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Determining LC unknown values by using an oscillator

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Junior Member level 1
Dec 20, 2001
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lc oscillator

Hello everybody,

I have an interesting question. Is there a way to determine the values of an inductor and a capacitor just by forming several oscillators based on them and measuring the frequency ?
Mathematically, it seems impossible. For example, let us say the I take one inductor L and two capacitors C1 and C2. By forming an oscillator using L and C1 I can measure a frequency f1=1/(2*pi*sqrt(L*C1)). Then I can form a second oscillator using L and C2 and I can measure a frequency f2=1/(2*pi*sqrt(L*C2)) and finally I can form a third oscillator using L and C1+C2 in parallel to get a third frequency f3=1/(2*pi*sqrt(L*(C1+C2))). So I have 3 equations of the form: L*C1=k1, L*C2=k2, L*(C1+C2)=k3. But the variables are not independent enough so no unique solution.
What I was wondering whether someone knows or can suggest a way to connect any number of inductors and capacitors to form any number of LC oscillators, so that just by measuring the resultant frequencies one can determine the values of the component inductors and capacitors ? It is important to state that no known components may be used, i.e., no accurate 1% capacitor of a known value or a similar inductor. All L and C components must be unknown in advance and their determination should only be done through freq. measurement. Is such a thing even possible ?


lc comparator oscillator

You probably could, as long as you had created enough equations as unknowns.

But there are much easier ways of doing this!

comparator lc oscillator

Hi Old Nick,

Well, it is not as simple as you think. In the example I presented, you have 3 equations and 3 unknowns but still the unknowns are correlated enough so as not to allow a single and unique solution. I tried many combinations, using 1 inductor and 2 capacitors, using 2 inductors and 2 capacitor. Connecting them in series, parallel, etc. The equations are always correlated enough so as not to yield a single solution. If you find any error in my statement (and I hope you do), please provide an example that works.

When you say that there are easier ways to do it, what would you suggest ? and please don't send me to use an LCR meter. There is a purpose to this madness and I can elaborate if you or anyone else is interested.


measuring a capacitor using an oscillator

I don't know whether it is possible or not, I would guess it is.

You could try connecting them all in parallel, and feeding 3 known frequencies through the circuit measuring the impeadence at the 3 frequencies. That should give you enough information.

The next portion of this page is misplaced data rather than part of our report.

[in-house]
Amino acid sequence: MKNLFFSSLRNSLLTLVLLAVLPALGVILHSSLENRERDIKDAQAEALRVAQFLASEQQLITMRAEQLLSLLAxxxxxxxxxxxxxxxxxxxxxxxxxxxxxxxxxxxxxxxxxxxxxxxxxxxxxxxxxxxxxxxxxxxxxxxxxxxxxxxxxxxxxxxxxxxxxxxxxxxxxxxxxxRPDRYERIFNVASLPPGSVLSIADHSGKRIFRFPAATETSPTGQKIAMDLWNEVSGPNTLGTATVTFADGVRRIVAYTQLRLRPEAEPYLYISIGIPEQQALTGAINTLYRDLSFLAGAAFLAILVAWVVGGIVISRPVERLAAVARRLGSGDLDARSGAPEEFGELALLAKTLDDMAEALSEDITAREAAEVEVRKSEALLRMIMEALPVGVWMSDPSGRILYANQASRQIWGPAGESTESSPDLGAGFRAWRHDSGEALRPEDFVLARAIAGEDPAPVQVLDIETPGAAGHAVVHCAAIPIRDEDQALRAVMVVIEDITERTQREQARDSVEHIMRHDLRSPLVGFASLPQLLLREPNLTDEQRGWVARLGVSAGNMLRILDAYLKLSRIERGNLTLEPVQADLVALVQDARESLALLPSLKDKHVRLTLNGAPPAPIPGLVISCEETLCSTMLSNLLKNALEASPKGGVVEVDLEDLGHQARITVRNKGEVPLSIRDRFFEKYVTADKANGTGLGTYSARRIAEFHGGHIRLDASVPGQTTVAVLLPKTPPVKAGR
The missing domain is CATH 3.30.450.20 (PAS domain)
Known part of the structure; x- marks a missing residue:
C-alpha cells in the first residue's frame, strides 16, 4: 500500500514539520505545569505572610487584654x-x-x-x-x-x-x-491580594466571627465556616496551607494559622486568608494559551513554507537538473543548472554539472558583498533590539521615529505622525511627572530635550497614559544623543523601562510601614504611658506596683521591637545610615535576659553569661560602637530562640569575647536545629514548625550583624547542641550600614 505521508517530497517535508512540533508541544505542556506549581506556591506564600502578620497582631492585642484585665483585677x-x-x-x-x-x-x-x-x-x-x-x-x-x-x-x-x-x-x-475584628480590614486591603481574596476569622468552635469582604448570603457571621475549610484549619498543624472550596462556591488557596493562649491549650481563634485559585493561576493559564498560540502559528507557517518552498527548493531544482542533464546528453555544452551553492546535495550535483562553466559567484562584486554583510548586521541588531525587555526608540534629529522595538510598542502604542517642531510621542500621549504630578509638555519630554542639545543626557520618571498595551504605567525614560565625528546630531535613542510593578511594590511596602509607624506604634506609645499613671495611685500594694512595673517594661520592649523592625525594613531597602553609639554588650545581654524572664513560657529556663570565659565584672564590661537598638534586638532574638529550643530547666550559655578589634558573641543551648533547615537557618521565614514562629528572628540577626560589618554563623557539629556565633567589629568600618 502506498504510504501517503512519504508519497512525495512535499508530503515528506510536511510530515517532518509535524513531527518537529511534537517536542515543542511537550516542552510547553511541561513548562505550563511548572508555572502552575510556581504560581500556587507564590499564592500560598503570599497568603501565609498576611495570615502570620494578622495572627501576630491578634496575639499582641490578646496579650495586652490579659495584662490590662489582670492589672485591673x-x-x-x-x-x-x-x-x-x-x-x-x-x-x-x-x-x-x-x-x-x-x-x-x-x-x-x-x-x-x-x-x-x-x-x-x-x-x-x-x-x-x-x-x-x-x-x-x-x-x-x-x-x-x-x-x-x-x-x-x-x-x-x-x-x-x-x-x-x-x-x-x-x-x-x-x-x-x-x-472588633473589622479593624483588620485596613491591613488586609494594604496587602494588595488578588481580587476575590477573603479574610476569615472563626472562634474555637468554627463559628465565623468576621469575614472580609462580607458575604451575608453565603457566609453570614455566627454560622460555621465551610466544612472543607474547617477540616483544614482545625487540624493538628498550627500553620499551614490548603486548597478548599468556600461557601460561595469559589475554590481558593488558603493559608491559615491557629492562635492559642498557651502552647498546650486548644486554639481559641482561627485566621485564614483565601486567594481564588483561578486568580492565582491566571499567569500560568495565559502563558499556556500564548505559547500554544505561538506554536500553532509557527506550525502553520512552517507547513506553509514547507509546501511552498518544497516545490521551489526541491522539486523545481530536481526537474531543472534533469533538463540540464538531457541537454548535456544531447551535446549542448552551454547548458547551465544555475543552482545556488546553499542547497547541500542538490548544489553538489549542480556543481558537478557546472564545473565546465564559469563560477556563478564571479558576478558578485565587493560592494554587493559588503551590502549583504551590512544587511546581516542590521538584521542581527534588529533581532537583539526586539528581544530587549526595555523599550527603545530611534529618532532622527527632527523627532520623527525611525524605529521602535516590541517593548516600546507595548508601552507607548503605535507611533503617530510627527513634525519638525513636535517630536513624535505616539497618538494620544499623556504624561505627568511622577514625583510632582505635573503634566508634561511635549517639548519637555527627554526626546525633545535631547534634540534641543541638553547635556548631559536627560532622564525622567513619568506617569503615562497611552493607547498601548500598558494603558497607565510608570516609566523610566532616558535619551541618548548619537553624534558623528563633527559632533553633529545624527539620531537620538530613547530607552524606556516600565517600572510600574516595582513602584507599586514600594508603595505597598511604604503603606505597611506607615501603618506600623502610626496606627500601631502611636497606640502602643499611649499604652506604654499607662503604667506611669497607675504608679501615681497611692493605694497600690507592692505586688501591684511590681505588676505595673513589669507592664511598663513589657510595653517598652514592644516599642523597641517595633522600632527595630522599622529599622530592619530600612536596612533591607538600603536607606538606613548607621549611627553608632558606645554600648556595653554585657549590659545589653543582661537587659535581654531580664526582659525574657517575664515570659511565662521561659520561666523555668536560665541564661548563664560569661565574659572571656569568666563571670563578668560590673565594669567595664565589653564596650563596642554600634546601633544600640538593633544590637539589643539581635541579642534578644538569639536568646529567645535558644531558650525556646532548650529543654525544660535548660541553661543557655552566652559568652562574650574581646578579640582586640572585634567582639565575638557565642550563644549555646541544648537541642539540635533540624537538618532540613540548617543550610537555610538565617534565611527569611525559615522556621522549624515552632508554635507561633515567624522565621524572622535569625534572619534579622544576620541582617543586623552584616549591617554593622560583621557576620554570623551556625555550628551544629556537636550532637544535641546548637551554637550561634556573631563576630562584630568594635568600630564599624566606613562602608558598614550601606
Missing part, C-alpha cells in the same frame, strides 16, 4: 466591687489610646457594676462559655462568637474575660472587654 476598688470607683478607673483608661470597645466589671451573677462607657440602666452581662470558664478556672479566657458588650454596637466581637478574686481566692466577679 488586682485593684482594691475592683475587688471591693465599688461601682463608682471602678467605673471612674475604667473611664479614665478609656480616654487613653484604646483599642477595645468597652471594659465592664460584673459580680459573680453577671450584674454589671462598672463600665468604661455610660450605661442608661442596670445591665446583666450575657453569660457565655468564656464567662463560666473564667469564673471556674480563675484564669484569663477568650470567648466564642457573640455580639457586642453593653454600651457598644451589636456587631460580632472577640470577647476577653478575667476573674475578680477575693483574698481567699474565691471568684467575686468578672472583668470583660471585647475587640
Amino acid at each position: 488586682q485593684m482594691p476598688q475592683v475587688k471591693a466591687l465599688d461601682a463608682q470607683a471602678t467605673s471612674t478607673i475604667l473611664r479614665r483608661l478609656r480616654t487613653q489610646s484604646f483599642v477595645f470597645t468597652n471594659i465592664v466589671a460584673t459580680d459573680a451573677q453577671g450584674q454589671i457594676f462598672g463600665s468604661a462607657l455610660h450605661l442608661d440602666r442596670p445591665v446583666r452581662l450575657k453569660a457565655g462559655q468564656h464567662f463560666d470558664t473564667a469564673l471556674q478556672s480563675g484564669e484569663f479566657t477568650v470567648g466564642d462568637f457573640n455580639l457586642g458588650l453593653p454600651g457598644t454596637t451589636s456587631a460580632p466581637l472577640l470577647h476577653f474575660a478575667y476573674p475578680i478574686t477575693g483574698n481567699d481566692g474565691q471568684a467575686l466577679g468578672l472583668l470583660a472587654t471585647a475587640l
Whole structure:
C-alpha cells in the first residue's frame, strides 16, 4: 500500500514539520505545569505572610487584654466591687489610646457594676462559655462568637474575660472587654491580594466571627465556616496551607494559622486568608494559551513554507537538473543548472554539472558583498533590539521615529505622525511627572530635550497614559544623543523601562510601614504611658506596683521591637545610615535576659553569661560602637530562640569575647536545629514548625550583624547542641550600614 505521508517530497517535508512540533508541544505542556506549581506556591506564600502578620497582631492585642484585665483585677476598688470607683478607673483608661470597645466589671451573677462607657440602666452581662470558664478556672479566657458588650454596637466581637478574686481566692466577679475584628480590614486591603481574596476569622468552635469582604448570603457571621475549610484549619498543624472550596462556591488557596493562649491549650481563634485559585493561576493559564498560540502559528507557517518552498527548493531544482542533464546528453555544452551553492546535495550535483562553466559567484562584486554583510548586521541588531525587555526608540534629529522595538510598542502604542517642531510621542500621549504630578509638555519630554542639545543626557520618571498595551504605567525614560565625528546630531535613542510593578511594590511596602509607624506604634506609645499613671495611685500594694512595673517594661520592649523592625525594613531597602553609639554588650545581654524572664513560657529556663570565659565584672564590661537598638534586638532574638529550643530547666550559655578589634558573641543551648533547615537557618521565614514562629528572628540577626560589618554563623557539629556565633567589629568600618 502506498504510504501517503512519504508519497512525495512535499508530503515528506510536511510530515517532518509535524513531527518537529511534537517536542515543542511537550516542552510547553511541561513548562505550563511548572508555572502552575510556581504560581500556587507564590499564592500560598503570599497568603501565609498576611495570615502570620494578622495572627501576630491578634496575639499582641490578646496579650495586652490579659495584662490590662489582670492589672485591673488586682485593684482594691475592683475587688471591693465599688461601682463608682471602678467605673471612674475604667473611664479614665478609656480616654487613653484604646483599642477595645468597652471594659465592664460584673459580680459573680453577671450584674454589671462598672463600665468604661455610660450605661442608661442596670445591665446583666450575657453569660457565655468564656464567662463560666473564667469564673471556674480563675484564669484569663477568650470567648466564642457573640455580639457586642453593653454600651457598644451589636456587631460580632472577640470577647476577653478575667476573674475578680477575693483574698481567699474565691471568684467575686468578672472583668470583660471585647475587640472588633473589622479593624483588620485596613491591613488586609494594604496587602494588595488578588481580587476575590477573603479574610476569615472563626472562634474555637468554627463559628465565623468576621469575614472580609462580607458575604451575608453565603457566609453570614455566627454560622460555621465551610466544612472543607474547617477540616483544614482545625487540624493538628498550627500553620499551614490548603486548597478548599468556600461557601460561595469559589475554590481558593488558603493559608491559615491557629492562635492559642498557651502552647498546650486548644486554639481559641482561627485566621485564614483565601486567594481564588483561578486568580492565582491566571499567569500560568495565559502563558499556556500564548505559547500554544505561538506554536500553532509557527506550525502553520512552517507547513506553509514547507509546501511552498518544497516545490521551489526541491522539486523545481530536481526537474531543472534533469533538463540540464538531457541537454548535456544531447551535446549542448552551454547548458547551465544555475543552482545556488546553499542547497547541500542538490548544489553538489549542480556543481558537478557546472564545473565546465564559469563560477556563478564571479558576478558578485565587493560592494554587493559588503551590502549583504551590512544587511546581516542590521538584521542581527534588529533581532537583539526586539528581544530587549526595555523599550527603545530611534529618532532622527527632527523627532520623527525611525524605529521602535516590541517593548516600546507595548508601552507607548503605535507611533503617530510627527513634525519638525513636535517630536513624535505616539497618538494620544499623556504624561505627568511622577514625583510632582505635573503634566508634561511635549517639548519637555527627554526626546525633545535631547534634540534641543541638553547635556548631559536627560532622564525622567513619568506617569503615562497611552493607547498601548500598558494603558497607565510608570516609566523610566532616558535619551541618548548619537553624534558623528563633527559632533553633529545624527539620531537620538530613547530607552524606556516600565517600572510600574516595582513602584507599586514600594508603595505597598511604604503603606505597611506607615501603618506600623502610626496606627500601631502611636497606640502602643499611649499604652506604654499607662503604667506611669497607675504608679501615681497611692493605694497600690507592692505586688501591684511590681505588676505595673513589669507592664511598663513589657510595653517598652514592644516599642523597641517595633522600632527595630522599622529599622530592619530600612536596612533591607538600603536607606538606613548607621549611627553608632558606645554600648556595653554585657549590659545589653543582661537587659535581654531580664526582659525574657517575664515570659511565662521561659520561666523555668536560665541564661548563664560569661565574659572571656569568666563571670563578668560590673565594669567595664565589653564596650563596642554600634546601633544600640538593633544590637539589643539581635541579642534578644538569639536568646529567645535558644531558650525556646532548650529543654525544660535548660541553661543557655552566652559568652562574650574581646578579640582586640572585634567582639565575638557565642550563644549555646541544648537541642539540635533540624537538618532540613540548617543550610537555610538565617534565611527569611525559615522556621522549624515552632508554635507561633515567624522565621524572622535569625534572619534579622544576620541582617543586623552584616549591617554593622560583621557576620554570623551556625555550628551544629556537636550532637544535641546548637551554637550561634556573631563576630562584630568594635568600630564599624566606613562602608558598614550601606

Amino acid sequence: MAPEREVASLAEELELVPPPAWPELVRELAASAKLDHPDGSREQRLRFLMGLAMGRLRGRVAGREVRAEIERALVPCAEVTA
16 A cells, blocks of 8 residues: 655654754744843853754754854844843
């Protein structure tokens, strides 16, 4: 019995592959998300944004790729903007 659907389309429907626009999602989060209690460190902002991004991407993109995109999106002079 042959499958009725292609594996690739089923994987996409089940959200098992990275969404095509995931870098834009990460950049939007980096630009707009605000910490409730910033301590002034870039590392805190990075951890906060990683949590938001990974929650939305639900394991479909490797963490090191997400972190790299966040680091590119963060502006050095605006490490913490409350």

Or an LCR meter :D

Added after 44 minutes:

Having thought about it further,but not in any great depth, I'm pretty ure to get this to work you'll have to settle on one circuit, change 1 condition 3 times for 3 unknowns. If you can measure impedance then that would be the easiest way, I can't think of the top of my head how you'd do that though.

measure inductor with oscillator

Well, I was keen on measuring only frequency. But measuring impedance will sure work and give the required answer.
Let me tell you what I had in mind and what this is all for.
There is a nice LC meter design floating around the web that was cloned to death by everybody. This design uses an LC oscillator based on a comparator and a parallel LC tank and a PIC microcrontroller to measure the frequency. It measures the L and C values by inserting the capacitor in parallel with the tank and the inductor in series with the existing inductor.
The trick is calibration. The principle is that you use any regular inductor and capacitor for the parallel LC tank, but you also use a known 2% 1nF capacitor which you connect in parallel with the regular one for calibration. So you measure the frequency once without the accurate capacitor and once with it, and based on the fact that you know its value you can compute the values of L and C in the tank circuit and use it later on for the meter. Since measuring freq. can be done very accurately with the PIC, in fact, as accurate as you like, allowing enough time and memory capability to hold the counts, I figured it should be easy to devise a scheme where I can use any regular components and not need an accurate capacitor, and by connecting then just right, and measuring enough frequencies I could determine the components. Apparently, this task is not as easy as I thought, and in fact, I am almost sure it can't be done by using just frequency measurements alone. That is unfortunate, but life is often like that. :cry:
In any case, I thank you for taking an interest. :lol:
Maybe I will have a new idea someday. :idea:

Hi, just an idea: perhaps you can make a reference inductor from a plumbing tube and some wire. Formulas can be found in most text books dealing with passive components. Or just here: Formulae 1.

I can't seem to find anything cheaper then this.

It is not a question of price. It is a question of having an elegant and robust design that does not require "magic" accurate components for calibration.

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